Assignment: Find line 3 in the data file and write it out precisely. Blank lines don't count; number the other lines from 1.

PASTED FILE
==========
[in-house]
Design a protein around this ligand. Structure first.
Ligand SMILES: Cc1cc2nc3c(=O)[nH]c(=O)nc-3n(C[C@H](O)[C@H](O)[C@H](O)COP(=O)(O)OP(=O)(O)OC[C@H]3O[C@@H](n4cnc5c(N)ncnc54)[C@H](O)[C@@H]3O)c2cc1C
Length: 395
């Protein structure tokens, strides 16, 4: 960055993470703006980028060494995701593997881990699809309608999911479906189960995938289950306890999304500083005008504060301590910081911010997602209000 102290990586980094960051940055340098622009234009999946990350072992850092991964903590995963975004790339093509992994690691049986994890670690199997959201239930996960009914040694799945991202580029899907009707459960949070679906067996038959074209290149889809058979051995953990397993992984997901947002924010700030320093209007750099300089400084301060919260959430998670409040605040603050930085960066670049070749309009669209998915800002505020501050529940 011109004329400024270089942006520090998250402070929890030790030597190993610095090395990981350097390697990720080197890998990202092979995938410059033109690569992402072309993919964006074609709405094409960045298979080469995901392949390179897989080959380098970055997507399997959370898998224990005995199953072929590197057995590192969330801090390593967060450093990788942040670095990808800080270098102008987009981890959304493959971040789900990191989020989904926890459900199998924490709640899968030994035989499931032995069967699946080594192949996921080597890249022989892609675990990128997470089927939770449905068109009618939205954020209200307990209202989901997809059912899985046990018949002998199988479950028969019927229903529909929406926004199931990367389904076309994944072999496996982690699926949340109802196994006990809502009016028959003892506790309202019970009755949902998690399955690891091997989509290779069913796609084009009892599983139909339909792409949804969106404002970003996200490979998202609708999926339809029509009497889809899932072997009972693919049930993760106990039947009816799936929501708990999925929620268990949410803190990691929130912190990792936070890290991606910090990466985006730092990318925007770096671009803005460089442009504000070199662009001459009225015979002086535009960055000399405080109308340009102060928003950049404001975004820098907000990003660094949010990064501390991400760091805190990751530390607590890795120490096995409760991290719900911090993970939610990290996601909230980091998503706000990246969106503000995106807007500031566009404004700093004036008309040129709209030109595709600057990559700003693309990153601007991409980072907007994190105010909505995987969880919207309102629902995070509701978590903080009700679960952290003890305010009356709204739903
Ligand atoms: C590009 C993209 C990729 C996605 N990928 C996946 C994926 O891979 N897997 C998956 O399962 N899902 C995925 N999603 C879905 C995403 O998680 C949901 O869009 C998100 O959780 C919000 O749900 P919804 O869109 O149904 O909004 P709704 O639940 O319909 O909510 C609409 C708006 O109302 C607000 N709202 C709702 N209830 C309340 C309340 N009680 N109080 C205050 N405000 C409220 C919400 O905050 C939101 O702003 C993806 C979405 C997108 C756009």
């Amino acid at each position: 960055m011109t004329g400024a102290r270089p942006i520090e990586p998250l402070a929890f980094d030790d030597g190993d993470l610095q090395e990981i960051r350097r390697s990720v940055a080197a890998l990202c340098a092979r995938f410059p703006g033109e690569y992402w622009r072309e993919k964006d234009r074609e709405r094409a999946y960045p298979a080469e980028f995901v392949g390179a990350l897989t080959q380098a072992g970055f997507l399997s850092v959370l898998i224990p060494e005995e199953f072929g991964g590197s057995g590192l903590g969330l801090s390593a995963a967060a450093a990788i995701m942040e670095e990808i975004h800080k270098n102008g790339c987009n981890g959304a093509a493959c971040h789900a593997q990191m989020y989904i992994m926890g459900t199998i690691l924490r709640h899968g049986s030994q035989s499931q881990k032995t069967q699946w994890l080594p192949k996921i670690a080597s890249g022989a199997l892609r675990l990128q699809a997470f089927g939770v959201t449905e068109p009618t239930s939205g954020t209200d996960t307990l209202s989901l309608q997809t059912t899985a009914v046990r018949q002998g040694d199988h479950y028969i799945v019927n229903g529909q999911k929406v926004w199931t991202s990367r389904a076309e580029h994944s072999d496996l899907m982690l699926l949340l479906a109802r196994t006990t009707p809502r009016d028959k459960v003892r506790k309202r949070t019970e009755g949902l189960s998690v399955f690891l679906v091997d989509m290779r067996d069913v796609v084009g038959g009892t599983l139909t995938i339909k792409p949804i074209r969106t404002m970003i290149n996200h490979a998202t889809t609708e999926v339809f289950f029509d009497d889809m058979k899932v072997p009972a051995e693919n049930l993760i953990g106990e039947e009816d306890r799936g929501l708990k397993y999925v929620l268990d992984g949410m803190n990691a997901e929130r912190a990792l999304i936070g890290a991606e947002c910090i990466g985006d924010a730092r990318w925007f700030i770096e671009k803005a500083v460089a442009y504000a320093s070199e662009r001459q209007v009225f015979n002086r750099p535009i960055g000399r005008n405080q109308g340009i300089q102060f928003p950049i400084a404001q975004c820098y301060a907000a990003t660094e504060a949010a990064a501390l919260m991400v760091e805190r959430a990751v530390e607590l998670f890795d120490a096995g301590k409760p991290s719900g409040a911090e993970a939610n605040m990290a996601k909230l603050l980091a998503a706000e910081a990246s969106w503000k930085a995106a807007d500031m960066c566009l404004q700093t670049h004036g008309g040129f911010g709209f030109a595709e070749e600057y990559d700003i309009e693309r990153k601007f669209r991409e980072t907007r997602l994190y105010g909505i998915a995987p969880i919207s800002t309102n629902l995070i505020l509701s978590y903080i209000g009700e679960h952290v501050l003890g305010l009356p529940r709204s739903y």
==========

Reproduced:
Ligand SMILES: Cc1cc2nc3c(=O)[nH]c(=O)nc-3n(C[C@H](O)[C@H](O)[C@H](O)COP(=O)(O)OP(=O)(O)OC[C@H]3O[C@@H](n4cnc5c(N)ncnc54)[C@H](O)[C@@H]3O)c2cc1C